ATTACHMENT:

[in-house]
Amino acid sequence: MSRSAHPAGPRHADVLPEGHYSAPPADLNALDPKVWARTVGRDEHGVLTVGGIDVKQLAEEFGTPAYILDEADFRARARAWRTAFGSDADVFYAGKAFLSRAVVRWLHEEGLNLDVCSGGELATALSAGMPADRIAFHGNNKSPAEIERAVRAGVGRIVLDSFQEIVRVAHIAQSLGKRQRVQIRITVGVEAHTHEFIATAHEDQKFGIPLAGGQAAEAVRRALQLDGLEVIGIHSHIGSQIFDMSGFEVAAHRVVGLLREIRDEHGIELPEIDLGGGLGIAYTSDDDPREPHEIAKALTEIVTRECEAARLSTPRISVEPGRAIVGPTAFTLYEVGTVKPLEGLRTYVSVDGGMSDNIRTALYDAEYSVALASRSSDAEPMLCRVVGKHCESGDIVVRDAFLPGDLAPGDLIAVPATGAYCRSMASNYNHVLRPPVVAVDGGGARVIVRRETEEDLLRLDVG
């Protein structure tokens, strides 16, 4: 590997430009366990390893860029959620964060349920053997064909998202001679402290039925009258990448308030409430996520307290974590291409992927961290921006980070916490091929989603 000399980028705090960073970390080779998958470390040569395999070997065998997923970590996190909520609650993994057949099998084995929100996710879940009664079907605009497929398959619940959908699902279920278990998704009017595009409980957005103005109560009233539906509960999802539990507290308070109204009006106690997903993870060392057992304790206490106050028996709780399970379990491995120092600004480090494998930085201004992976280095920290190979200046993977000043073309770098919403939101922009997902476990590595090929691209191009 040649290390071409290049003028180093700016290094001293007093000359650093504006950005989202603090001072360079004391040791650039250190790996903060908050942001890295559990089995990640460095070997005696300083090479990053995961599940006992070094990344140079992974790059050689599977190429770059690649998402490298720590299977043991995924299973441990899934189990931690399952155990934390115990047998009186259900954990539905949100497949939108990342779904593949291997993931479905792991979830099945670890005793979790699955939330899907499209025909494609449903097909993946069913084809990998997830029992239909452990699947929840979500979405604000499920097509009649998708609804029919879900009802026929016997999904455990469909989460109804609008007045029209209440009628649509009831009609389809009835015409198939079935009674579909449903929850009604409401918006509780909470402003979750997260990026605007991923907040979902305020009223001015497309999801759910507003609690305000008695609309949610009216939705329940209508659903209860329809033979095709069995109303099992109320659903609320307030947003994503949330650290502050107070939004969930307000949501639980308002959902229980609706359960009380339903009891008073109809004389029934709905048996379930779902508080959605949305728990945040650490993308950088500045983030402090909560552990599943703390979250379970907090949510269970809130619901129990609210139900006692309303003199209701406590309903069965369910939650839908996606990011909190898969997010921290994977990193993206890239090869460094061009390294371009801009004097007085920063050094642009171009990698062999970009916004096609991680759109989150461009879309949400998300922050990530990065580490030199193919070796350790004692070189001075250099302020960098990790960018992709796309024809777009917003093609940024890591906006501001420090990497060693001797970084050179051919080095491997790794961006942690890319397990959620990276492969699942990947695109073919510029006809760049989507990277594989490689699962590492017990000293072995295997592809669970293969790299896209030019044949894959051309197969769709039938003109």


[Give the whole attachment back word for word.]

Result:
[in-house]
Amino acid sequence: MSRSAHPAGPRHADVLPEGHYSAPPADLNALDPKVWARTVGRDEHGVLTVGGIDVKQLAEEFGTPAYILDEADFRARARAWRTAFGSDADVFYAGKAFLSRAVVRWLHEEGLNLDVCSGGELATALSAGMPADRIAFHGNNKSPAEIERAVRAGVGRIVLDSFQEIVRVAHIAQSLGKRQRVQIRITVGVEAHTHEFIATAHEDQKFGIPLAGGQAAEAVRRALQLDGLEVIGIHSHIGSQIFDMSGFEVAAHRVVGLLREIRDEHGIELPEIDLGGGLGIAYTSDDDPREPHEIAKALTEIVTRECEAARLSTPRISVEPGRAIVGPTAFTLYEVGTVKPLEGLRTYVSVDGGMSDNIRTALYDAEYSVALASRSSDAEPMLCRVVGKHCESGDIVVRDAFLPGDLAPGDLIAVPATGAYCRSMASNYNHVLRPPVVAVDGGGARVIVRRETEEDLLRLDVG
């Protein structure tokens, strides 16, 4: 590997430009366990390893860029959620964060349920053997064909998202001679402290039925009258990448308030409430996520307290974590291409992927961290921006980070916490091929989603 000399980028705090960073970390080779998958470390040569395999070997065998997923970590996190909520609650993994057949099998084995929100996710879940009664079907605009497929398959619940959908699902279920278990998704009017595009409980957005103005109560009233539906509960999802539990507290308070109204009006106690997903993870060392057992304790206490106050028996709780399970379990491995120092600004480090494998930085201004992976280095920290190979200046993977000043073309770098919403939101922009997902476990590595090929691209191009 040649290390071409290049003028180093700016290094001293007093000359650093504006950005989202603090001072360079004391040791650039250190790996903060908050942001890295559990089995990640460095070997005696300083090479990053995961599940006992070094990344140079992974790059050689599977190429770059690649998402490298720590299977043991995924299973441990899934189990931690399952155990934390115990047998009186259900954990539905949100497949939108990342779904593949291997993931479905792991979830099945670890005793979790699955939330899907499209025909494609449903097909993946069913084809990998997830029992239909452990699947929840979500979405604000499920097509009649998708609804029919879900009802026929016997999904455990469909989460109804609008007045029209209440009628649509009831009609389809009835015409198939079935009674579909449903929850009604409401918006509780909470402003979750997260990026605007991923907040979902305020009223001015497309999801759910507003609690305000008695609309949610009216939705329940209508659903209860329809033979095709069995109303099992109320659903609320307030947003994503949330650290502050107070939004969930307000949501639980308002959902229980609706359960009380339903009891008073109809004389029934709905048996379930779902508080959605949305728990945040650490993308950088500045983030402090909560552990599943703390979250379970907090949510269970809130619901129990609210139900006692309303003199209701406590309903069965369910939650839908996606990011909190898969997010921290994977990193993206890239090869460094061009390294371009801009004097007085920063050094642009171009990698062999970009916004096609991680759109989150461009879309949400998300922050990530990065580490030199193919070796350790004692070189001075250099302020960098990790960018992709796309024809777009917003093609940024890591906006501001420090990497060693001797970084050179051919080095491997790794961006942690890319397990959620990276492969699942990947695109073919510029006809760049989507990277594989490689699962590492017990000293072995295997592809669970293969790299896209030019044949894959051309197969769709039938003109």